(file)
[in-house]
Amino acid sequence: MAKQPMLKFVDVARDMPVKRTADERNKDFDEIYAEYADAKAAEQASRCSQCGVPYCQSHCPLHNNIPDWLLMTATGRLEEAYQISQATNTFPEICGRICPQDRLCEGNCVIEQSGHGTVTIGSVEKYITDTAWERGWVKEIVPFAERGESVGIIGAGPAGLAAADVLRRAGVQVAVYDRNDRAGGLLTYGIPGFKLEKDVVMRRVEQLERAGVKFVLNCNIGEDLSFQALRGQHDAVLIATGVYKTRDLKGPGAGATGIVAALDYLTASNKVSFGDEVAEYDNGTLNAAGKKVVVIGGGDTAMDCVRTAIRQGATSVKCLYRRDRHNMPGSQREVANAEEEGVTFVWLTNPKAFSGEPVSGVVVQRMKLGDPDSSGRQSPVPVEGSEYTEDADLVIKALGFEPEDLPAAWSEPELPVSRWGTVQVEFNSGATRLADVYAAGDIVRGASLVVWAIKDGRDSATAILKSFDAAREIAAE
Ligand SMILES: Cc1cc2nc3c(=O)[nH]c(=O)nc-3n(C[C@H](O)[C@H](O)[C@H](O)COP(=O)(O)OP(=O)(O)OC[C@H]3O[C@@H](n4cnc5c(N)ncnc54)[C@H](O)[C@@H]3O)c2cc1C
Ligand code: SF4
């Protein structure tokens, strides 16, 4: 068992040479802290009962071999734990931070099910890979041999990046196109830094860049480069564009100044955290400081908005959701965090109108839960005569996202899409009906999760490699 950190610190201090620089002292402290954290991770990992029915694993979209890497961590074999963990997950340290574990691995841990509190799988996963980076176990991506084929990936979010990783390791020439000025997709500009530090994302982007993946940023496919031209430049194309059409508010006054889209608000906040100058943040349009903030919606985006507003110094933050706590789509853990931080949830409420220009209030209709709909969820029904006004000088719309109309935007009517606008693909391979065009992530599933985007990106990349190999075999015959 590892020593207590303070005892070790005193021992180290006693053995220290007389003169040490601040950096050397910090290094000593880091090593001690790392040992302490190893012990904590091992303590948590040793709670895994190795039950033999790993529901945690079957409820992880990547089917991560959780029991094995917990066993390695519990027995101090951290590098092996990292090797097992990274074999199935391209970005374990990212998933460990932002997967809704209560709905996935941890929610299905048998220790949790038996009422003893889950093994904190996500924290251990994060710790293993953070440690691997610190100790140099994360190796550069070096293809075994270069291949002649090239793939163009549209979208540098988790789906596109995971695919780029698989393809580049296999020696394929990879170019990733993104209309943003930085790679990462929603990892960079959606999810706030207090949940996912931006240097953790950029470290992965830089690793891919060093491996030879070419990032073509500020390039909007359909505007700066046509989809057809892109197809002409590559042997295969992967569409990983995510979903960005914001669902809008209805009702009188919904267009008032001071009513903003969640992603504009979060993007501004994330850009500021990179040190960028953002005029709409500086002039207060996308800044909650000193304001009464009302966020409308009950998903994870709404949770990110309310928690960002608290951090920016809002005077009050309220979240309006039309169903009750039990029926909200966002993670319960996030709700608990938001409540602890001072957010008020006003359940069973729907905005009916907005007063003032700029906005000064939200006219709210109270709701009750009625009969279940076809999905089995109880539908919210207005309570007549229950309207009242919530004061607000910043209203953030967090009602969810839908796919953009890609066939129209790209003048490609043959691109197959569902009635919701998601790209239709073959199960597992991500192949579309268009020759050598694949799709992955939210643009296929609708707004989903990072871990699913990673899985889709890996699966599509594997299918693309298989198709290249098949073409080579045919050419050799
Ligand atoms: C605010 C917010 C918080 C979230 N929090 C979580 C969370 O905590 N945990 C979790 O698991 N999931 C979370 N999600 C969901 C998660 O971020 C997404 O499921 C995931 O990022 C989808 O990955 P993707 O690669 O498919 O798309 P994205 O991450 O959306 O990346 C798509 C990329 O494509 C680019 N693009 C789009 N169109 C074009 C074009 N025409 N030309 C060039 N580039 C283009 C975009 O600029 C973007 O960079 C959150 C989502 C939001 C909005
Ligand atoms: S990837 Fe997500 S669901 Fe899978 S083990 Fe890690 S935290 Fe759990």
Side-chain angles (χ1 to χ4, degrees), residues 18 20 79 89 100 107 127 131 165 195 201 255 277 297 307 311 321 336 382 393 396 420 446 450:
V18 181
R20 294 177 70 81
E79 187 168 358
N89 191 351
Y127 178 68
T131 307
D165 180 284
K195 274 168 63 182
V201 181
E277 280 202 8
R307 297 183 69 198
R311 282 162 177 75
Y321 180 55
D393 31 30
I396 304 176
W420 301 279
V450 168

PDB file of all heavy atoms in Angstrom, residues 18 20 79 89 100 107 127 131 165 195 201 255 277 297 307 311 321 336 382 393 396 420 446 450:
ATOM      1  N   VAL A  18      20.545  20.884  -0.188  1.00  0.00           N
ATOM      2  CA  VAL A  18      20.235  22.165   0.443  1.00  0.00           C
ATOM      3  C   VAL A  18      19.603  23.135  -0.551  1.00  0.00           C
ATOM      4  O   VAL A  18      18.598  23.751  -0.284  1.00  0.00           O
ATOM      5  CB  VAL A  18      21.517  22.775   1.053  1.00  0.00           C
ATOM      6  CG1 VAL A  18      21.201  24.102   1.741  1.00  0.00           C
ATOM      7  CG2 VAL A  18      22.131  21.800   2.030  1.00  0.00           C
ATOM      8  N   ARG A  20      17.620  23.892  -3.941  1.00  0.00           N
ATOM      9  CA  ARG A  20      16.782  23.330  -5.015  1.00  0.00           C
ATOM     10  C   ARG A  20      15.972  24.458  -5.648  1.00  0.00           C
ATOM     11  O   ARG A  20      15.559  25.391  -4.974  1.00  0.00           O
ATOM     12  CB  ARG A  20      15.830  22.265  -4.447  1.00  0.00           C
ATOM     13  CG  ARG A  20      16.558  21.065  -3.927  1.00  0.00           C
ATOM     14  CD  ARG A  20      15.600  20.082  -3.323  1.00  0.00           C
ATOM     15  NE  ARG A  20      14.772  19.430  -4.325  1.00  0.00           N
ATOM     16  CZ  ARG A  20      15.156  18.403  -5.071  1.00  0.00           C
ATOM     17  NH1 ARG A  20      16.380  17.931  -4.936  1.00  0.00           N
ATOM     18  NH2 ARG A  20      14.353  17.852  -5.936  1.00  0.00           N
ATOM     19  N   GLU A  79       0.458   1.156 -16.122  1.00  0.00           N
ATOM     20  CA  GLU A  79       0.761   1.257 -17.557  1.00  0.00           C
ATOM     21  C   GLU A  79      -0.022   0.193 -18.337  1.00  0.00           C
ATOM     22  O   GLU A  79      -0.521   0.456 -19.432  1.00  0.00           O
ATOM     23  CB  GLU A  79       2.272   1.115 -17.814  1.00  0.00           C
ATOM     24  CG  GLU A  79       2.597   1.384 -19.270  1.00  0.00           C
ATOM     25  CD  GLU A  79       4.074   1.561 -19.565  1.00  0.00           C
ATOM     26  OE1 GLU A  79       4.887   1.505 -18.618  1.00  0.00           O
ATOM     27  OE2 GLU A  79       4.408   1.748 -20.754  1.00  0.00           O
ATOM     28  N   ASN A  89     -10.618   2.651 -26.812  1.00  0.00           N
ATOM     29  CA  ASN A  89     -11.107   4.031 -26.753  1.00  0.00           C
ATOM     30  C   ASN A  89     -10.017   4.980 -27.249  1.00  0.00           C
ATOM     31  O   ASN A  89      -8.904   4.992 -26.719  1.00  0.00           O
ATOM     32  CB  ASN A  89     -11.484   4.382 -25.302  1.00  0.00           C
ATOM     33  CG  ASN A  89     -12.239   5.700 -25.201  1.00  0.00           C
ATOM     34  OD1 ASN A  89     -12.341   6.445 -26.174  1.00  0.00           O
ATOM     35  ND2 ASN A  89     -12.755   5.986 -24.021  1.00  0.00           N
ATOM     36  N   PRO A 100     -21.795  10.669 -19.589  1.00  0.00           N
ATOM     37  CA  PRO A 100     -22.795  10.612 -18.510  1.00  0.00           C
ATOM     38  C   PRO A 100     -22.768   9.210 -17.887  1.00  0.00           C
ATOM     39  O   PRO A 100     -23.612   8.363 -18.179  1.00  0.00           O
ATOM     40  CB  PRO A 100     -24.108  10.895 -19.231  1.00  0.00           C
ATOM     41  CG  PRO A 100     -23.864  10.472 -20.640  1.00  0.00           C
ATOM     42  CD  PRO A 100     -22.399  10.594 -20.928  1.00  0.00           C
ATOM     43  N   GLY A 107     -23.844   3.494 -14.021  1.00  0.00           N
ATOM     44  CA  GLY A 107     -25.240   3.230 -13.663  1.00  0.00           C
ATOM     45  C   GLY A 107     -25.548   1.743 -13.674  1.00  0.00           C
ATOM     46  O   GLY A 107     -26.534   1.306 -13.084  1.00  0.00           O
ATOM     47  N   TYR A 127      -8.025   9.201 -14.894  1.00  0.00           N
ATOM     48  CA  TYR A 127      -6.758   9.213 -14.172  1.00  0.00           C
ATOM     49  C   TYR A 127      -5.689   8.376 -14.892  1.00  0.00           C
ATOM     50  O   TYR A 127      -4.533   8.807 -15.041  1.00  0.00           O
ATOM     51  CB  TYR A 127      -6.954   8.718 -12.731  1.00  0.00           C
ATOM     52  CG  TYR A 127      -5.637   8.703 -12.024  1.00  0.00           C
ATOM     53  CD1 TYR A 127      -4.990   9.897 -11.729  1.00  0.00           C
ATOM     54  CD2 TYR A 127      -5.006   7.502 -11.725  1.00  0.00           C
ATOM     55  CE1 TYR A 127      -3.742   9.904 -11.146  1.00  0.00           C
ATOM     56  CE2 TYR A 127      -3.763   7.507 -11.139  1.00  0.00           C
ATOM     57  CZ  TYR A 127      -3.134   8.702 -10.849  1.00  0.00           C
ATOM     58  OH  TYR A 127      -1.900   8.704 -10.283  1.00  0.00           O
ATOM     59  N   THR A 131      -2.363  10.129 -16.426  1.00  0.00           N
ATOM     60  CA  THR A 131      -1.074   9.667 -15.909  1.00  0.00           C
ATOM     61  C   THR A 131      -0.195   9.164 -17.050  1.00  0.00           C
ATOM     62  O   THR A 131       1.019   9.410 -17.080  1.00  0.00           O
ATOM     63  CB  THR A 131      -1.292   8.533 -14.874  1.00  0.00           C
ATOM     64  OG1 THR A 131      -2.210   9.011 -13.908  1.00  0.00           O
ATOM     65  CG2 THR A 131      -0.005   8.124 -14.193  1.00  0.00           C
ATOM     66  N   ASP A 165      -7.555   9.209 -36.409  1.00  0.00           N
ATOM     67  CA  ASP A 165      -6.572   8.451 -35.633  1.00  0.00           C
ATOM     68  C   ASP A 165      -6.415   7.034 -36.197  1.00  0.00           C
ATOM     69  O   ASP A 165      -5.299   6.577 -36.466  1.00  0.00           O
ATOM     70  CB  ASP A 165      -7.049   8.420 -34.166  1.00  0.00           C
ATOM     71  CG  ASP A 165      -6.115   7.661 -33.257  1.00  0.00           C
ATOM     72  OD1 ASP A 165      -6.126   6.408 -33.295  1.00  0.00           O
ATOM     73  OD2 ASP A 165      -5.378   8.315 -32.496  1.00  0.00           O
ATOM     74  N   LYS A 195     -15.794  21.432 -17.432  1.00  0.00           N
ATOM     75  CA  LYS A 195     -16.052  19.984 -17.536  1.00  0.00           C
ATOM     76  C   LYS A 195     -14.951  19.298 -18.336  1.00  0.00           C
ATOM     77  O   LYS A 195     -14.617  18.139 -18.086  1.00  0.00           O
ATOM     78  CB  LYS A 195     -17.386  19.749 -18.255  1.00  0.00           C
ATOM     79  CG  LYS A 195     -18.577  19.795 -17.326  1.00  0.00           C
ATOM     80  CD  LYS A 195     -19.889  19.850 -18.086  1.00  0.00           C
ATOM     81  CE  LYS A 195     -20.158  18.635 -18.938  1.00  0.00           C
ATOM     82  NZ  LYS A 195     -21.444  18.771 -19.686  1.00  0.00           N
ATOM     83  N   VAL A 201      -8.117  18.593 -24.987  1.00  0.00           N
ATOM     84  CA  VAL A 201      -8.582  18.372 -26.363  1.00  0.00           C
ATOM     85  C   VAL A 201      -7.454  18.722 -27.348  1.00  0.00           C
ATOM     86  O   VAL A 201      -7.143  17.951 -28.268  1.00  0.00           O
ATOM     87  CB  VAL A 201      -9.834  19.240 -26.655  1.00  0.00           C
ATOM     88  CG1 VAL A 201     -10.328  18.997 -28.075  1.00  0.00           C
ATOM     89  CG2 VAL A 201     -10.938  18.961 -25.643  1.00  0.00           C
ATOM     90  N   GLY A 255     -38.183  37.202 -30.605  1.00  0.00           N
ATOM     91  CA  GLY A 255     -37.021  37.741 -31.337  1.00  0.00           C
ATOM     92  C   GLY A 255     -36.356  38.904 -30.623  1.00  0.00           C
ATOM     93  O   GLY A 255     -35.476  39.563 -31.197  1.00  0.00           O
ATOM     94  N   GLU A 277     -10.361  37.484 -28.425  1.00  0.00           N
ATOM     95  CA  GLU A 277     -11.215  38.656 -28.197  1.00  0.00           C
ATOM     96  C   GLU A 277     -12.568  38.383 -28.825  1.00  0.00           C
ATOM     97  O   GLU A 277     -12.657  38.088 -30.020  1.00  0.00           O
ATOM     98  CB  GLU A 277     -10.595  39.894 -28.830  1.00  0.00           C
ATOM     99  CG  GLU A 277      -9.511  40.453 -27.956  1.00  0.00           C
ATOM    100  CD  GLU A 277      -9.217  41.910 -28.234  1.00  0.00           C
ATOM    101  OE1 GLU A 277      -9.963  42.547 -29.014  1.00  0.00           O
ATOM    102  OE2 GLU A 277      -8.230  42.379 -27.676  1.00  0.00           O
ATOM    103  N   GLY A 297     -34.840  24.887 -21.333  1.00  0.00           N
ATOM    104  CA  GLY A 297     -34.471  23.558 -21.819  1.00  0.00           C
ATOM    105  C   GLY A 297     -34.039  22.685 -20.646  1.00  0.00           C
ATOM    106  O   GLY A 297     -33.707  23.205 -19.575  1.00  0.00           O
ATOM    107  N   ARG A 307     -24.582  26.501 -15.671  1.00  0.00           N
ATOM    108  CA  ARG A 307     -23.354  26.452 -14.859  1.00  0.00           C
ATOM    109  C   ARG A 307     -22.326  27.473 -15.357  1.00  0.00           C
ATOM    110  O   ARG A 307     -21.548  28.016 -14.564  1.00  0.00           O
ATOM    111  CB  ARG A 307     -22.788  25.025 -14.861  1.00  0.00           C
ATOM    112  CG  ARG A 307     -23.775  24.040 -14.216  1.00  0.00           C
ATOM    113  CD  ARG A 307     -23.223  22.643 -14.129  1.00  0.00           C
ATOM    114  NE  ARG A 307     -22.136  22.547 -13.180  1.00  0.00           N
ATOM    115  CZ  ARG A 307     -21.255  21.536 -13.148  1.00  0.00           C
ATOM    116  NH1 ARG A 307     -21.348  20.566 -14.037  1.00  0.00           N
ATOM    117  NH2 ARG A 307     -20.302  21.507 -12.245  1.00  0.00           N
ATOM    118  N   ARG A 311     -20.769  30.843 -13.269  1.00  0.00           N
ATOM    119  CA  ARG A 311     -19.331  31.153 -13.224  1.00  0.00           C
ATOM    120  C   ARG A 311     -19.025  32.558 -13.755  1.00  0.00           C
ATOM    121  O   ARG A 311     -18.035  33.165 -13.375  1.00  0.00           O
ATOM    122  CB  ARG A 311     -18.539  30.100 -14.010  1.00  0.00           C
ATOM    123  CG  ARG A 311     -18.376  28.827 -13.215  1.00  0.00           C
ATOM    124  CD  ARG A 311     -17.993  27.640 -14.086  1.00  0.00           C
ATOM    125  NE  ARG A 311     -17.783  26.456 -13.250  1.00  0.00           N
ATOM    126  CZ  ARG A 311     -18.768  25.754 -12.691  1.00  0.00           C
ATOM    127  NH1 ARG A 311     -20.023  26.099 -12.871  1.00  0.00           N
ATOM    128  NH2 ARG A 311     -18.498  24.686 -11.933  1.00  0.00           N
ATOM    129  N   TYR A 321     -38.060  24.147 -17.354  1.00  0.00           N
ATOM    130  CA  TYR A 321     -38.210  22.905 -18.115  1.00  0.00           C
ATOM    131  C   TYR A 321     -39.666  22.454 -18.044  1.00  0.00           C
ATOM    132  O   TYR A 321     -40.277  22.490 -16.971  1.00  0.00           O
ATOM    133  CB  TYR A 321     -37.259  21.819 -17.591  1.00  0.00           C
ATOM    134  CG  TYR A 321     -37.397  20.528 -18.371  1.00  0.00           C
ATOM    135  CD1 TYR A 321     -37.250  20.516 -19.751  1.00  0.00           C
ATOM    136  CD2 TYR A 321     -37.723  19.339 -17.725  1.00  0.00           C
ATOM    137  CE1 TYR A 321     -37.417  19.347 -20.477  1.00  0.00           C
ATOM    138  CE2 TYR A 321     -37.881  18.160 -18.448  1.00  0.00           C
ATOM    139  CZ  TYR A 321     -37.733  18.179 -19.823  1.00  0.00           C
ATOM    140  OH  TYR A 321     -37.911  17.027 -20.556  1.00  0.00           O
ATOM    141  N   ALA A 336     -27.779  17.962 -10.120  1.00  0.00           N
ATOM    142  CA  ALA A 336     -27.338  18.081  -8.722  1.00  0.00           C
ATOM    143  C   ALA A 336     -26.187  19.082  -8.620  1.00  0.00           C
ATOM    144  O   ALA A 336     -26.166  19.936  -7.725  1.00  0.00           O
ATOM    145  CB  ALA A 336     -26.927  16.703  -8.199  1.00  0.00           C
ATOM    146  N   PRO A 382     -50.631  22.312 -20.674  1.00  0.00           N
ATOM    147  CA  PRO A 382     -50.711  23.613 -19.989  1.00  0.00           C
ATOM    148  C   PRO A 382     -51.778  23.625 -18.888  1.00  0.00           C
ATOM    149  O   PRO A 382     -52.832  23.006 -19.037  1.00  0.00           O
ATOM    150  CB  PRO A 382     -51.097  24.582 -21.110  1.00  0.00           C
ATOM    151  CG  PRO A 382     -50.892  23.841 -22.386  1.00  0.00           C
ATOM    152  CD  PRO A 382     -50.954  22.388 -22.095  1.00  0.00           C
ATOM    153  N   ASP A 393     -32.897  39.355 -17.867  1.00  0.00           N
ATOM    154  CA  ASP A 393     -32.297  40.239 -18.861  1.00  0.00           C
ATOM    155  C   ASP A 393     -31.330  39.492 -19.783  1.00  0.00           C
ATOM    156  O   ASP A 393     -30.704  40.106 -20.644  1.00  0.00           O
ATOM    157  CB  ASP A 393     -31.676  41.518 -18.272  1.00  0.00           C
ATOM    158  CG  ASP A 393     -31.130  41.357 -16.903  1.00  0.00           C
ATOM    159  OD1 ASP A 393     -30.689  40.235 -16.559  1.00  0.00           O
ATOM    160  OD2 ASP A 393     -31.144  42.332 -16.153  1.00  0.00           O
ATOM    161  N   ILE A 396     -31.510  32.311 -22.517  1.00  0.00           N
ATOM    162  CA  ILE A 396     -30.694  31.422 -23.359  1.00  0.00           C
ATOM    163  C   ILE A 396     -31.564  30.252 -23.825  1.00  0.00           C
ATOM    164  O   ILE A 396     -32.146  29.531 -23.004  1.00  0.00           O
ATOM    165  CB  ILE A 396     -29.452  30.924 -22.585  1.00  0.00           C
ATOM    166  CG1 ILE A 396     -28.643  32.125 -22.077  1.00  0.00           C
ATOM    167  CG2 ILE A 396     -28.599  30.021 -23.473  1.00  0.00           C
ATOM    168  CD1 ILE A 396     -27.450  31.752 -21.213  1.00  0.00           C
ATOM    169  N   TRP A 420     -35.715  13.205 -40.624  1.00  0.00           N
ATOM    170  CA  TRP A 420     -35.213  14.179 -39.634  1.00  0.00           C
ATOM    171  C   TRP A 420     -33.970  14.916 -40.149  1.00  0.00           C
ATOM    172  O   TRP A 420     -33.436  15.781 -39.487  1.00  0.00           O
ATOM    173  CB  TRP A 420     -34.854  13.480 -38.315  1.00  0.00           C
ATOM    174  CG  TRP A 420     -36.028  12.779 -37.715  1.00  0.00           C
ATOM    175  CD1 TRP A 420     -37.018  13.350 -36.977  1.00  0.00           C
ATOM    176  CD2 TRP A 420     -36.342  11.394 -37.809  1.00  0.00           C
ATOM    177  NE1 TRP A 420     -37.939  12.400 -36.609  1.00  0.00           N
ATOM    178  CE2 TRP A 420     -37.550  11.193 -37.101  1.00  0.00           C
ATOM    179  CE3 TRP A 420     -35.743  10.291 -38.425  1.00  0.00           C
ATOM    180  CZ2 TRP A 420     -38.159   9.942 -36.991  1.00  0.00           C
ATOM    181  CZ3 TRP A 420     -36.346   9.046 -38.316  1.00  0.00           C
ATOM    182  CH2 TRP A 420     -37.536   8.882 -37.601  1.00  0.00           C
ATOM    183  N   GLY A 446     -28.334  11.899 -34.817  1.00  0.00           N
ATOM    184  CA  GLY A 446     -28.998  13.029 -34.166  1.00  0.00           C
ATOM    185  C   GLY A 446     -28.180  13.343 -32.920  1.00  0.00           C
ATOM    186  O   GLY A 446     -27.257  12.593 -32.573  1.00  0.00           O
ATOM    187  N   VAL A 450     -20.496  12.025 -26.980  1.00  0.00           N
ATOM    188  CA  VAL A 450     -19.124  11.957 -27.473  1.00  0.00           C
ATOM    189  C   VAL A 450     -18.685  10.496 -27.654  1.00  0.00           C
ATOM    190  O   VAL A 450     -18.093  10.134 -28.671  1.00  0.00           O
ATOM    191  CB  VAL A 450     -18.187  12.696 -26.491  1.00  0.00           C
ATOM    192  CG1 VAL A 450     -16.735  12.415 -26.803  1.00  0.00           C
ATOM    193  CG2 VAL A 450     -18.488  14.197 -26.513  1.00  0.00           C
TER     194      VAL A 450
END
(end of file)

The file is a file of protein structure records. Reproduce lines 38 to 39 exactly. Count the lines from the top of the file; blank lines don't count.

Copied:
ATOM     12  CB  ARG A  20      15.830  22.265  -4.447  1.00  0.00           C
ATOM     13  CG  ARG A  20      16.558  21.065  -3.927  1.00  0.00           C